the lavender way

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"Climate is what we expect, weather is what we get."

Mark Twain

the lavender way agony aunt


pruning lavender

QUESTION: Hi Gill I want to ask you a pruning question. All my lavender, such as it is, looks pretty awful after I prune it, as though a dog came along and weed in the middle of it. What am I doing wrong?

I've read that it shouldn't be pruned back too far ie so that there is still some green left, or it will die, but a friend who recently went cycling in Provence tells me she saw it pruned right down to very small hummocks.

Also, does lavender have a limited life. Should it be replaced after a certain time?.

ANSWER: Re: pruning lavender I'll try to give my take on it...

Many lavender cultivars, like rosemary, will break open in the middle and get very woody over time. I've got plants which are 6 years old and totally out of control in that respect despite pruning quite hard every year. Different cultivars will have different life spans - some die back after a couple of years, others are more hardy and you can expect them to live 10 years or more.

Our field doesn't look like Provence because I treat each plant individually so it's a mixed bag - some are perfect hummocks and others more sprawled because that's the way they've turned out. It's up to you how you want your plants to look and what you want from them.

Most commercial farms in Provence use particular cultivars which are very uniform and can be processed mechanically. (Usually small/medium bush varieties will long stems - so of course they look like small hummocks when pruned - it's their natural shape).

I personally prefer a more natural cottage garden look. The aim of the hummock shaping is to produce as many flowers as possible because yield is important. It's very difficult to achieve this in a sprawling plant once it's got too woody.

As a rough gauge I always try to leave at least 3 pairs of leaves on each branch when pruning however in some cases cutting lower can trigger new growth in the middle which when established means the sprawling branches can be cut right back. This is a high risk option and may create a period of ugliness you don't want to live with. If you want perfect hummocks start cutting the plant in this rough shape from year 1 to encourage it.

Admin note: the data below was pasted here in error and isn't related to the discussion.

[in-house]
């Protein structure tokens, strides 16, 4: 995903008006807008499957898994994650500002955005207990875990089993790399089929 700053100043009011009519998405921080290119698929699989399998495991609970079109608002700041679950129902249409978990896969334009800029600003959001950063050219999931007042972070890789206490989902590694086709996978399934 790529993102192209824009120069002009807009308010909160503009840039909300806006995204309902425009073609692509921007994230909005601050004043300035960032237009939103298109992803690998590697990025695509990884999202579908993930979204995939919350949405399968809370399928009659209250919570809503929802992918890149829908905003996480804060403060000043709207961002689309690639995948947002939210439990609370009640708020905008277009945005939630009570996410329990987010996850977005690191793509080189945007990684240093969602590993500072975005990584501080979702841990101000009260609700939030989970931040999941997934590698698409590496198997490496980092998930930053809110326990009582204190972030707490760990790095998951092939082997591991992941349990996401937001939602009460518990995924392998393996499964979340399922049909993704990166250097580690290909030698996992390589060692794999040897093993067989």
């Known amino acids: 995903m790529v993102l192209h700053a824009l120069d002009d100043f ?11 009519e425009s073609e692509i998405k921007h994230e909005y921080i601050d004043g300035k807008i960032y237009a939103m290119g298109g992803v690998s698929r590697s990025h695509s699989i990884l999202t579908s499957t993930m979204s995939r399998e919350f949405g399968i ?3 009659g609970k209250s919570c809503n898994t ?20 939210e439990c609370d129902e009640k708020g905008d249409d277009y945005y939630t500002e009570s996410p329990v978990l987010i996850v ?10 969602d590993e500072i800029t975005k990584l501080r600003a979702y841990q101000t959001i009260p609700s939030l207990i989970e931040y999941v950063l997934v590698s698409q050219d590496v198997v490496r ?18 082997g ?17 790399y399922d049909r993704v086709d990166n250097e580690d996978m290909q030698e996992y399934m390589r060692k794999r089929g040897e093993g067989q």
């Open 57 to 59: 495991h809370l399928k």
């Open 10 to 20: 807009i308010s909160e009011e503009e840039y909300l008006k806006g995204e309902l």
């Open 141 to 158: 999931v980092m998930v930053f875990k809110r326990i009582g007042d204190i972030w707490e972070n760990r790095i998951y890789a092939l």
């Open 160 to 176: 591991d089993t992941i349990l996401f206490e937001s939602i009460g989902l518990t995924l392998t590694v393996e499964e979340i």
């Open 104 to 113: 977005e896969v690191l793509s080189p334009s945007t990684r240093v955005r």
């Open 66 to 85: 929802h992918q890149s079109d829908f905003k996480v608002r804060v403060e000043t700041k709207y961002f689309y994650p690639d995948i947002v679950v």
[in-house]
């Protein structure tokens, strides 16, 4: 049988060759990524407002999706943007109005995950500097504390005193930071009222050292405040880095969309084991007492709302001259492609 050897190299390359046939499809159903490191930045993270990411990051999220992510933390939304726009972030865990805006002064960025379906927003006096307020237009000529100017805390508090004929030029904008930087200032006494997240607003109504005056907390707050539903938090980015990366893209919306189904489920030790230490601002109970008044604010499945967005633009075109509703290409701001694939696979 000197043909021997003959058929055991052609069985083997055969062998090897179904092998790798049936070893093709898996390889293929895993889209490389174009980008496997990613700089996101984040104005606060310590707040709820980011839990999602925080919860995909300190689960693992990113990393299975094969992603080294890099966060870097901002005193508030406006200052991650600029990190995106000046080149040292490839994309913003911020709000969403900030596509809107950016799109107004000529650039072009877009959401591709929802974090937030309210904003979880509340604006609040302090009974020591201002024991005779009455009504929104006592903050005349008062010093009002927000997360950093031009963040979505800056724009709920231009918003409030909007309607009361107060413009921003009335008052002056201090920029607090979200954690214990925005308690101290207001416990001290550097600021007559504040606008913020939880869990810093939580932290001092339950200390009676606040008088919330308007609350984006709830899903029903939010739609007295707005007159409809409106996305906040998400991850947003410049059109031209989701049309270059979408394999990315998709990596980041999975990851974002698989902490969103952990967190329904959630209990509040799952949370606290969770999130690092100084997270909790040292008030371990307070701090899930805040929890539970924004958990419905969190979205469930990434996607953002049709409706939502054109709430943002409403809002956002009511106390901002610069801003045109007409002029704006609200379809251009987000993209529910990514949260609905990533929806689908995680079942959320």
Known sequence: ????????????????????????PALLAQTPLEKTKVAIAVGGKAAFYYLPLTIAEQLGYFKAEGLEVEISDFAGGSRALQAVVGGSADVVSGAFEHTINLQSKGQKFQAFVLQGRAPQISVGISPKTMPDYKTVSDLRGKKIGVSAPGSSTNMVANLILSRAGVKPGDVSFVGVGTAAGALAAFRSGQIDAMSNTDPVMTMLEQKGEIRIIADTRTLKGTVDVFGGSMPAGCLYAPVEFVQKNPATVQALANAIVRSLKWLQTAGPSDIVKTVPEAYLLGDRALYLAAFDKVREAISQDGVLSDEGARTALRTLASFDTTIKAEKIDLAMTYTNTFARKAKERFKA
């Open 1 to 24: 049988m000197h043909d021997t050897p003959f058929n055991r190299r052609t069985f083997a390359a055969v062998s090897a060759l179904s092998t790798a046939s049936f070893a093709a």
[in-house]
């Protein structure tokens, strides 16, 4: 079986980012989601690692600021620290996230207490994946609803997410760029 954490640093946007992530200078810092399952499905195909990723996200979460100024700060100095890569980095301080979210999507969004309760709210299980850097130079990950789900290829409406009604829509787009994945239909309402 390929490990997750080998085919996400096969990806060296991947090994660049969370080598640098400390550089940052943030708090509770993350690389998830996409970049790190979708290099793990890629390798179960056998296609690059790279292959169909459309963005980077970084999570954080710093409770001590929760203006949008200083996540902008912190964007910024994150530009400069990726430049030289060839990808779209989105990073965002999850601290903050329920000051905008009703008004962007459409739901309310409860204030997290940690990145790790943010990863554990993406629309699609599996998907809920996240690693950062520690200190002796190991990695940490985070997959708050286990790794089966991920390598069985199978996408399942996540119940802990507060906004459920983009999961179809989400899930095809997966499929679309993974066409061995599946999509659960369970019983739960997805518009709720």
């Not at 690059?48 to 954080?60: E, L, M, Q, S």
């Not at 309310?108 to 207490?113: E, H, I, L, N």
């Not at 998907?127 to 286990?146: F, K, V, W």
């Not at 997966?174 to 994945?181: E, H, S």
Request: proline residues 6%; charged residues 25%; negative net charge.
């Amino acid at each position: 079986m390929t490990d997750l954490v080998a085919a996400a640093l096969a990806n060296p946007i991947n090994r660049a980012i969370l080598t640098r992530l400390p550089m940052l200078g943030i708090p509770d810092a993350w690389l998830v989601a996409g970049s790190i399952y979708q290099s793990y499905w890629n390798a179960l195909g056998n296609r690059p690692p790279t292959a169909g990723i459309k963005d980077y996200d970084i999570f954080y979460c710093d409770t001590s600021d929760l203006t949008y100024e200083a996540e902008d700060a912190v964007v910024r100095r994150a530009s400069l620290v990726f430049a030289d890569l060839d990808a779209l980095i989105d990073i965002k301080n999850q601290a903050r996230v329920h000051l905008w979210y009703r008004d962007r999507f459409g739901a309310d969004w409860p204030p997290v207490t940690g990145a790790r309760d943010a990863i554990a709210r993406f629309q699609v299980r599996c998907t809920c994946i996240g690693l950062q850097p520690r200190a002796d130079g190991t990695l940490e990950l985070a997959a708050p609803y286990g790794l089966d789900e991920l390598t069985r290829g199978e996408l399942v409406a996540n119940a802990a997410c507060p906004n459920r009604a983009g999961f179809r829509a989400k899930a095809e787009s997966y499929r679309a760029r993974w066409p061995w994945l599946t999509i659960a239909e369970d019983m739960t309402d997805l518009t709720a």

lav2 all pruned

propagating from cuttings

QUESTION:I assume that you propagate from cuttings and not from seeds - how do you do that?

ANSWER: Yes I propagate mostly by cuttings and this is how I do it:

- take a cutting from a stem without a flower (usually near the base) which is 10-15cms by pulling down gently so you have a heel

- expose the heel and remove leaves below planting depth and pinch out the top leaves so it can concentrate on root growth you can dip in rooting hormone but I don't use anything and get pretty good results

- put in damp compost and wait until signs of new growth before potting on (few weeks)

- obviously select strong healthy plants and take more cuttings than you need - I never achieve 100%!

I've had less success trying this method with the smaller angustifolia because the cuttings are relatively tiny and seem not to be very robust however in principle it should work with all lavenders and this may be more due to the severe aridity/heat/sun here in the summer.

Cuttings are guaranteed to be true to the parent plant whereas seeds can produce uneven results.

I normally take cuttings November time and ignore them until spring when I pot them on - then they harden off in the summer and get planted out in the following November. This regime allows me to plant out the really tough plants.

Most lavender sold in pots which is 1-2 years old - my babies are 18 months old and have a lot of flowers but that's because they passed the survival tests!

      the cuttings tray

what kind of lavender do I have?

QUESTION: I have a number of lavender plants that have a more grey leaf than normal -could these be a different variety?

ANSWER: It isn't really possible to identify individual plants across the internet but I can recommend a very good reference book which I used as a bible in the early days - Virginia McNaughton's Lavender - the grower's guide. It's full of photos and detailed descriptions of the lavandula subsections and cultivars.

Trouble is there are so many so if you can buy named varieties and take cuttings from these you have a head start! Lavandins generally have laterals, bigger spikes and broader leaves whereas Angustifolia usually has a single stem etc. 'A' also has much less camphor content which can dominate in the latifolias. I could go on and on....!